Alaska Native Collections – Sharing Knowledge

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k’aakanéi “deep dish”
Language: Lingít

On the faces you can see eyes, mouth and a beak – a hooked beak, and it’s hollowed through. It must be made of Dall sheep horn. It looks like a grease dish, that’s probably what gave it that dark brown color, and then over time, the aging.

—Donald Gregory, 2005

This dish for serving sea mammal or fish oil was made from the horn of a mountain (Dall) sheep. The horn was boiled, molded, and carved by traditional techniques. Images of owls or hawks appear on the ends. Speaking of these faces, Donald Gregory said, “If you look it has eyes and eyebrows like a human; when I first saw this sitting on a table, I thought it was a spirit.” Elder Peter Jack suggested that the fine carving meant the dish was probably reserved for special occasions or honored guests.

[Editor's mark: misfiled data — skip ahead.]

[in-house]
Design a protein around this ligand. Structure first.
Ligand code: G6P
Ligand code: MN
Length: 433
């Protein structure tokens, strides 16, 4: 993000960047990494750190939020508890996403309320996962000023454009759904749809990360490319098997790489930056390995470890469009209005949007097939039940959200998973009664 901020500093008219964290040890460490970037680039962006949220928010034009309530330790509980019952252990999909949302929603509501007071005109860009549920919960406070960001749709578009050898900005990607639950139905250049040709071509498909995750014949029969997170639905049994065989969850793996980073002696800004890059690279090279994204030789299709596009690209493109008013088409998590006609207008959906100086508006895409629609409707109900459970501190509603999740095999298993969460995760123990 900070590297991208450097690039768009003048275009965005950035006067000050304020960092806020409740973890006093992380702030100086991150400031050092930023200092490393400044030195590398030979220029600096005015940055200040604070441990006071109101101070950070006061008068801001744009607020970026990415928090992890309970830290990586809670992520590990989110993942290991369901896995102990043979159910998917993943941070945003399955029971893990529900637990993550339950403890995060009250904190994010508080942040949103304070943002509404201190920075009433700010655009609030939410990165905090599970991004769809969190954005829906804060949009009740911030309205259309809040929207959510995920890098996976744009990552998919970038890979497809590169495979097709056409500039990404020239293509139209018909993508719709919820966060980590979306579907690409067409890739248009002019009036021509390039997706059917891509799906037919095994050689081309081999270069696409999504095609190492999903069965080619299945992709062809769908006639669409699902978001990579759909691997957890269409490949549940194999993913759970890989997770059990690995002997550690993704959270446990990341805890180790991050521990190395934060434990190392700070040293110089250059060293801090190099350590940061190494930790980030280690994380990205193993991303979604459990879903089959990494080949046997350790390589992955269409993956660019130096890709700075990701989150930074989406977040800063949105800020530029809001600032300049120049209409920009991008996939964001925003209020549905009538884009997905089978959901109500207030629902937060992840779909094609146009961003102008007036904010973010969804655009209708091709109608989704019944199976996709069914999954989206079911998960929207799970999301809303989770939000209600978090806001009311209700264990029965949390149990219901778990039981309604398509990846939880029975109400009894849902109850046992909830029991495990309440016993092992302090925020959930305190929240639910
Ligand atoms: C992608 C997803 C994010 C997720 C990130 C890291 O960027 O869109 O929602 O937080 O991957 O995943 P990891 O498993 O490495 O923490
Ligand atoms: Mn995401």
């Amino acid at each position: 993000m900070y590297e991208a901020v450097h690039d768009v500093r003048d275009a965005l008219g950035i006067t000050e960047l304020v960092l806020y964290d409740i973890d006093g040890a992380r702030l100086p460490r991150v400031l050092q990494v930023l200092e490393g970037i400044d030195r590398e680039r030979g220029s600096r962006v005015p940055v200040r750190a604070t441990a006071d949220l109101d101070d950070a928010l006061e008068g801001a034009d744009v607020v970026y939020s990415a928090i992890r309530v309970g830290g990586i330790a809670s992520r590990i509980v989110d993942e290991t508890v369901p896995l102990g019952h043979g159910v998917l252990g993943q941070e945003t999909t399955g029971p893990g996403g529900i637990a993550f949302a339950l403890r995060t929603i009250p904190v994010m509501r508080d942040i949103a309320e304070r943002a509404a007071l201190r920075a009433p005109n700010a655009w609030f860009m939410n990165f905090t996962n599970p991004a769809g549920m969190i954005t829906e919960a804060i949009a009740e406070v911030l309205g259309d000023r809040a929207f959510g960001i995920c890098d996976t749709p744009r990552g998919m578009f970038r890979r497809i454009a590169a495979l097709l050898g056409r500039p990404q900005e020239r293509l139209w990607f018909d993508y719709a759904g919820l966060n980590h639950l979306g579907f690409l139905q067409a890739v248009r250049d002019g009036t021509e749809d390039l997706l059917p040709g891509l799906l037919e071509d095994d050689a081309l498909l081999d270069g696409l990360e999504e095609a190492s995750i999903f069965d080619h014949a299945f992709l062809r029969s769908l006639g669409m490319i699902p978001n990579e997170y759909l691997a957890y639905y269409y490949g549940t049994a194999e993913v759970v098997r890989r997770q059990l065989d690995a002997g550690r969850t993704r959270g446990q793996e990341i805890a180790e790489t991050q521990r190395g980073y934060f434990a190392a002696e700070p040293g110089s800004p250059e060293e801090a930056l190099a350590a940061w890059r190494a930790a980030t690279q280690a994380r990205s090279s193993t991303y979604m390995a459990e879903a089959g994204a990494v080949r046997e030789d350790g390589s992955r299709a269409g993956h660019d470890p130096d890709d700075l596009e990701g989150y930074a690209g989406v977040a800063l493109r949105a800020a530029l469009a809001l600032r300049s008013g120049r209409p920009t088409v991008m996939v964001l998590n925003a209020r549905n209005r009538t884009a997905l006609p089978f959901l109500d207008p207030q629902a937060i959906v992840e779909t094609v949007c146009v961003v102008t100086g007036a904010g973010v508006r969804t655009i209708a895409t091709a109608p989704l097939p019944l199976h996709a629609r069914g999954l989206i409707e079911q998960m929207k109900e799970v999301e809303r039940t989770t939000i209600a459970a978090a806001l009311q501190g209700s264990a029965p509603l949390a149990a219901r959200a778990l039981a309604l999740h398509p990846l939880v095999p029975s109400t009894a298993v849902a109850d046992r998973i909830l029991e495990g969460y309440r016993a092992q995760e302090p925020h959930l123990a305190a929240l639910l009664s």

Culture: Tlingit
Region: Baranof Island, Southeast Alaska
Village: Sitka
Object Category: Housewares
Dimensions: Length 33cm
Accession Date: 1907
Source: Mottrom D. Ball (collector)
Museum: National Museum of the American Indian
Museum ID Number: 012147.000